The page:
Amongst urban morphologists there is a broad consensus that the quality of the urban environment would be considerably enhanced through the application of urban morphological principles in both design and management. However, the obstacles in the path of achieving successful applications remain considerable, not least because of their multi-faceted character. Based on some preliminary findings from an on-going research project in a small conservation area in Newcastle upon Tyne, UK, this paper will illustrate some of the problems involved. Based upon analysis of applications for planning permission over a period of 40 years and interviews with key practitioners in both conservation and planning within the area, an attempt will be made to conduct an audit of the extent to which urban morphological principles either are or could be applied. From this experience it will be argued that – before any comprehensive and successful applications of urban morphological principles in urban development can take place – a range of theoretical and practical issues need resolution. These include the precise relationship to other key actors, the specific role to be played, the appropriate point of intervention in any scheme and the sheer complexity relating to the range and nature of morphological components involved. Despite the almost overwhelming character of these problems, it would be wrong to be unduly pessimistic but for urban morphologists to achieve any impact a degree of pragmatism and compromise may be necessary.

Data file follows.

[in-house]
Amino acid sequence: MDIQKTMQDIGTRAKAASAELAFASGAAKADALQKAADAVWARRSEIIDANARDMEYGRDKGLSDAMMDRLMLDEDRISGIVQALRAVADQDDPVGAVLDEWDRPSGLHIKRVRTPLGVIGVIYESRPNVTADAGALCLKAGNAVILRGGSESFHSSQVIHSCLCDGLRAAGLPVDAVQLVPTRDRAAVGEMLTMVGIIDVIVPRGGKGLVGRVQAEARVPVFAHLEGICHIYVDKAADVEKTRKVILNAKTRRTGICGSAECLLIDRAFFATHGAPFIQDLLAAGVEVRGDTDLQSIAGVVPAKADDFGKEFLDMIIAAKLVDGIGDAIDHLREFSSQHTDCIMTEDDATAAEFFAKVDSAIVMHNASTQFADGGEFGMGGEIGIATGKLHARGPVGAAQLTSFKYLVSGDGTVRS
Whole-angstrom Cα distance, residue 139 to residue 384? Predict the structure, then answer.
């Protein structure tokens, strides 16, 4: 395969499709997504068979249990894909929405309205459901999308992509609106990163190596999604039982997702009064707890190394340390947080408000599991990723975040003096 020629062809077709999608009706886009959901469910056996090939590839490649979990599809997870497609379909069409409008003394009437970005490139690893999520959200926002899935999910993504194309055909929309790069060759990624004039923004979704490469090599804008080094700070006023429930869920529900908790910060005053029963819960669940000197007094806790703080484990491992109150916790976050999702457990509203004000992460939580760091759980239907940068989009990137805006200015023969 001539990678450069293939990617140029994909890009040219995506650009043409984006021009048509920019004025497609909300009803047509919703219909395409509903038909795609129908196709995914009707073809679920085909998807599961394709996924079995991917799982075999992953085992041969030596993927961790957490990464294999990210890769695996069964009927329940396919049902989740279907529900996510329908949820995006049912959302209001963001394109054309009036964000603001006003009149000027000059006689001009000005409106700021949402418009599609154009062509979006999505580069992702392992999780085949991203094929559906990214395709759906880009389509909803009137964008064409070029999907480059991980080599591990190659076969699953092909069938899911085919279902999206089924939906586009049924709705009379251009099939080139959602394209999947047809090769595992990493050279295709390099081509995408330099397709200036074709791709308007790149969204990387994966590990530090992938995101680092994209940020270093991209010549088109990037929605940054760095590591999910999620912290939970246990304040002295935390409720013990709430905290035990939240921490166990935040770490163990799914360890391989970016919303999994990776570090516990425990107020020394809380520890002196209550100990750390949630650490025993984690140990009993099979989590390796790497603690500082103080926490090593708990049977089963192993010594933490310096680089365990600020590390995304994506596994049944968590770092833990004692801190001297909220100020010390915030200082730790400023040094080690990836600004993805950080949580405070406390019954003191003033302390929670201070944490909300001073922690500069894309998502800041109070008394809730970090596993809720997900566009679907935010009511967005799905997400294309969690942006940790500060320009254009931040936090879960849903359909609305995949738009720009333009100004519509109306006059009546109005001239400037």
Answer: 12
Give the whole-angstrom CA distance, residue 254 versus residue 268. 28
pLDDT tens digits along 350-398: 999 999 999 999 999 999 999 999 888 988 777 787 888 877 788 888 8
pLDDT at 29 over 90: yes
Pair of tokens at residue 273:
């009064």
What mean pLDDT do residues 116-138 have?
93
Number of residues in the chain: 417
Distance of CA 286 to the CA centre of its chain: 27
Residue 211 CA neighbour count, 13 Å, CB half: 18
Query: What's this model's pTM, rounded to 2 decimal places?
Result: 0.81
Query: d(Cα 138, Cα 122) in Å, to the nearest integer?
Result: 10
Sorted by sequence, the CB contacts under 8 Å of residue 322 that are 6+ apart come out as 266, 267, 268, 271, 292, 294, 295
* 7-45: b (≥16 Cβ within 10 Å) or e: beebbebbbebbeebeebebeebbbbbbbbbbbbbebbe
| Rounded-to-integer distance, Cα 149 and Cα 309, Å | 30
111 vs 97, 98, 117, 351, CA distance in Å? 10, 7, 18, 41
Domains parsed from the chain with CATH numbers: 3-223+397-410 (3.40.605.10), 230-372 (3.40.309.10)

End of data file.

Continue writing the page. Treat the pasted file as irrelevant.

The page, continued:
|Publication status||Published - Jul 2014|
|Event||ISUF 21st International SEminar on Urban Form Conference - Porto, Portugal|
Duration: 1 Jul 2014 → …
|Conference||ISUF 21st International SEminar on Urban Form Conference|
|Period||1/07/14 → …|